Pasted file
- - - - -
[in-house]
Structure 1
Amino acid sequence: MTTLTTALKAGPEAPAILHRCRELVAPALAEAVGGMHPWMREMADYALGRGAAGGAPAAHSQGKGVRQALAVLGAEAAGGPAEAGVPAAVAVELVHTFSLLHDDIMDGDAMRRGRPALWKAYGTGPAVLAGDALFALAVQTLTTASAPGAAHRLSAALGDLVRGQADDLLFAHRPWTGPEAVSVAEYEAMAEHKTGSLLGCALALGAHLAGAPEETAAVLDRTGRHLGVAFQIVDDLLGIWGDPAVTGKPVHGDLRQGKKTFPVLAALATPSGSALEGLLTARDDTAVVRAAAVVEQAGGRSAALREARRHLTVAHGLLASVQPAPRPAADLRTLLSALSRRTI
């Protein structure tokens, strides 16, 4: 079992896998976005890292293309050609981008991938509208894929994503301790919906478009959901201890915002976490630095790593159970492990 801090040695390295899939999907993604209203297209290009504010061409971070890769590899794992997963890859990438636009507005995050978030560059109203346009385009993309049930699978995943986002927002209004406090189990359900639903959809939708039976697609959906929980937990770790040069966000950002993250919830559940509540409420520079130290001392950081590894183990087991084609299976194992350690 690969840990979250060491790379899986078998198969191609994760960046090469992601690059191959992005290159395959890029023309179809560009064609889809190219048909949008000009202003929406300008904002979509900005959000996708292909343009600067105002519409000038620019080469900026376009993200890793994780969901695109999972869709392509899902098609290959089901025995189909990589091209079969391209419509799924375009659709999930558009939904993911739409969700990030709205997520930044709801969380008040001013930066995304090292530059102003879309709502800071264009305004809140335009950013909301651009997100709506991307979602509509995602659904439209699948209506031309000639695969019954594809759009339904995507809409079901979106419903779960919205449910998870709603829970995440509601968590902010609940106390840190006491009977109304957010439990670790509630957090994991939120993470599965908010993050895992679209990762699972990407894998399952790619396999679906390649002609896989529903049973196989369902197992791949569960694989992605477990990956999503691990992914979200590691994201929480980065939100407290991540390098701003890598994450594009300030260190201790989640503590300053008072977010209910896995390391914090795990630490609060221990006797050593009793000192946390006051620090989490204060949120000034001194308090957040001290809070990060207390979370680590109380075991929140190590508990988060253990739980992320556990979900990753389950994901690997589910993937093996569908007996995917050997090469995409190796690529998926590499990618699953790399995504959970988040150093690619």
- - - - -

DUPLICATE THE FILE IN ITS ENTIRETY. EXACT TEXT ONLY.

[in-house]
Structure 1
Amino acid sequence: MTTLTTALKAGPEAPAILHRCRELVAPALAEAVGGMHPWMREMADYALGRGAAGGAPAAHSQGKGVRQALAVLGAEAAGGPAEAGVPAAVAVELVHTFSLLHDDIMDGDAMRRGRPALWKAYGTGPAVLAGDALFALAVQTLTTASAPGAAHRLSAALGDLVRGQADDLLFAHRPWTGPEAVSVAEYEAMAEHKTGSLLGCALALGAHLAGAPEETAAVLDRTGRHLGVAFQIVDDLLGIWGDPAVTGKPVHGDLRQGKKTFPVLAALATPSGSALEGLLTARDDTAVVRAAAVVEQAGGRSAALREARRHLTVAHGLLASVQPAPRPAADLRTLLSALSRRTI
């Protein structure tokens, strides 16, 4: 079992896998976005890292293309050609981008991938509208894929994503301790919906478009959901201890915002976490630095790593159970492990 801090040695390295899939999907993604209203297209290009504010061409971070890769590899794992997963890859990438636009507005995050978030560059109203346009385009993309049930699978995943986002927002209004406090189990359900639903959809939708039976697609959906929980937990770790040069966000950002993250919830559940509540409420520079130290001392950081590894183990087991084609299976194992350690 690969840990979250060491790379899986078998198969191609994760960046090469992601690059191959992005290159395959890029023309179809560009064609889809190219048909949008000009202003929406300008904002979509900005959000996708292909343009600067105002519409000038620019080469900026376009993200890793994780969901695109999972869709392509899902098609290959089901025995189909990589091209079969391209419509799924375009659709999930558009939904993911739409969700990030709205997520930044709801969380008040001013930066995304090292530059102003879309709502800071264009305004809140335009950013909301651009997100709506991307979602509509995602659904439209699948209506031309000639695969019954594809759009339904995507809409079901979106419903779960919205449910998870709603829970995440509601968590902010609940106390840190006491009977109304957010439990670790509630957090994991939120993470599965908010993050895992679209990762699972990407894998399952790619396999679906390649002609896989529903049973196989369902197992791949569960694989992605477990990956999503691990992914979200590691994201929480980065939100407290991540390098701003890598994450594009300030260190201790989640503590300053008072977010209910896995390391914090795990630490609060221990006797050593009793000192946390006051620090989490204060949120000034001194308090957040001290809070990060207390979370680590109380075991929140190590508990988060253990739980992320556990979900990753389950994901690997589910993937093996569908007996995917050997090469995409190796690529998926590499990618699953790399995504959970988040150093690619």